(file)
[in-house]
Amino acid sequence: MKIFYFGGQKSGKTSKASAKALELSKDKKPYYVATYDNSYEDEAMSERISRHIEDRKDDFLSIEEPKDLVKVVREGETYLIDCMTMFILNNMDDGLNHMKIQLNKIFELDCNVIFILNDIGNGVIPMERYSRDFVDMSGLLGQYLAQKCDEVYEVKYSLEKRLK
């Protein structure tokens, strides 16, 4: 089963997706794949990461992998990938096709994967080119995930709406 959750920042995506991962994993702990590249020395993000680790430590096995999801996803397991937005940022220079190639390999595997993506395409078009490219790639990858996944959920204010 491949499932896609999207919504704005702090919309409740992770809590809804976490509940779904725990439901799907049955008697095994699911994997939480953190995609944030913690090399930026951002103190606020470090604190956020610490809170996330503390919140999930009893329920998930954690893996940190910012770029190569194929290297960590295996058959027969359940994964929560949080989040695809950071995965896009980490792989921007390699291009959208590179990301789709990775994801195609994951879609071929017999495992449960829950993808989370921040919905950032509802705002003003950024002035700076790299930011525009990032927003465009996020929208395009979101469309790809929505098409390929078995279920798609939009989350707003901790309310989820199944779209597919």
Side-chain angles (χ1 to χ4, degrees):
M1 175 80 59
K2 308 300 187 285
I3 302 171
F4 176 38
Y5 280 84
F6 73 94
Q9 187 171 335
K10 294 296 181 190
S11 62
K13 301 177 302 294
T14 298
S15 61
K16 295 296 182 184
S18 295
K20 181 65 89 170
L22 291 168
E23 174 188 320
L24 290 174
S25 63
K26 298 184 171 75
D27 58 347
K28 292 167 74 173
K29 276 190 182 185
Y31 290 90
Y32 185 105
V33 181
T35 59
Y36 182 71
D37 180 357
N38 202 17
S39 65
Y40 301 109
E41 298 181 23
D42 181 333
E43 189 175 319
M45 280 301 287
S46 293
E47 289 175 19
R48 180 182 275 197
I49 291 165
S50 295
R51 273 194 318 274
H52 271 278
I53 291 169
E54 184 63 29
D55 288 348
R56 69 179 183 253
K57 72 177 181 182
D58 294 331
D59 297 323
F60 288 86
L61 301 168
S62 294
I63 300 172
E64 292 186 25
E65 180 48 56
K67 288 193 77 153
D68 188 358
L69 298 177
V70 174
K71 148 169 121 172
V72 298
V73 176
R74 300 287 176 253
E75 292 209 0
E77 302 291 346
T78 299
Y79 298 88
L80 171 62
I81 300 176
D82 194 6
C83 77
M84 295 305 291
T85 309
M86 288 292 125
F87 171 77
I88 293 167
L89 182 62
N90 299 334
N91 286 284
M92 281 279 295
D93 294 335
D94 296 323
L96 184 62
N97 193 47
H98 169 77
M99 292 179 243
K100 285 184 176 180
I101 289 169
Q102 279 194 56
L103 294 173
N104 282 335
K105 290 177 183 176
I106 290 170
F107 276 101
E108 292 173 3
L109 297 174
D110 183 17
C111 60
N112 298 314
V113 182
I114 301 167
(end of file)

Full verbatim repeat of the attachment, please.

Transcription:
[in-house]
Amino acid sequence: MKIFYFGGQKSGKTSKASAKALELSKDKKPYYVATYDNSYEDEAMSERISRHIEDRKDDFLSIEEPKDLVKVVREGETYLIDCMTMFILNNMDDGLNHMKIQLNKIFELDCNVIFILNDIGNGVIPMERYSRDFVDMSGLLGQYLAQKCDEVYEVKYSLEKRLK
């Protein structure tokens, strides 16, 4: 089963997706794949990461992998990938096709994967080119995930709406 959750920042995506991962994993702990590249020395993000680790430590096995999801996803397991937005940022220079190639390999595997993506395409078009490219790639990858996944959920204010 491949499932896609999207919504704005702090919309409740992770809590809804976490509940779904725990439901799907049955008697095994699911994997939480953190995609944030913690090399930026951002103190606020470090604190956020610490809170996330503390919140999930009893329920998930954690893996940190910012770029190569194929290297960590295996058959027969359940994964929560949080989040695809950071995965896009980490792989921007390699291009959208590179990301789709990775994801195609994951879609071929017999495992449960829950993808989370921040919905950032509802705002003003950024002035700076790299930011525009990032927003465009996020929208395009979101469309790809929505098409390929078995279920798609939009989350707003901790309310989820199944779209597919």
Side-chain angles (χ1 to χ4, degrees):
M1 175 80 59
K2 308 300 187 285
I3 302 171
F4 176 38
Y5 280 84
F6 73 94
Q9 187 171 335
K10 294 296 181 190
S11 62
K13 301 177 302 294
T14 298
S15 61
K16 295 296 182 184
S18 295
K20 181 65 89 170
L22 291 168
E23 174 188 320
L24 290 174
S25 63
K26 298 184 171 75
D27 58 347
K28 292 167 74 173
K29 276 190 182 185
Y31 290 90
Y32 185 105
V33 181
T35 59
Y36 182 71
D37 180 357
N38 202 17
S39 65
Y40 301 109
E41 298 181 23
D42 181 333
E43 189 175 319
M45 280 301 287
S46 293
E47 289 175 19
R48 180 182 275 197
I49 291 165
S50 295
R51 273 194 318 274
H52 271 278
I53 291 169
E54 184 63 29
D55 288 348
R56 69 179 183 253
K57 72 177 181 182
D58 294 331
D59 297 323
F60 288 86
L61 301 168
S62 294
I63 300 172
E64 292 186 25
E65 180 48 56
K67 288 193 77 153
D68 188 358
L69 298 177
V70 174
K71 148 169 121 172
V72 298
V73 176
R74 300 287 176 253
E75 292 209 0
E77 302 291 346
T78 299
Y79 298 88
L80 171 62
I81 300 176
D82 194 6
C83 77
M84 295 305 291
T85 309
M86 288 292 125
F87 171 77
I88 293 167
L89 182 62
N90 299 334
N91 286 284
M92 281 279 295
D93 294 335
D94 296 323
L96 184 62
N97 193 47
H98 169 77
M99 292 179 243
K100 285 184 176 180
I101 289 169
Q102 279 194 56
L103 294 173
N104 282 335
K105 290 177 183 176
I106 290 170
F107 276 101
E108 292 173 3
L109 297 174
D110 183 17
C111 60
N112 298 314
V113 182
I114 301 167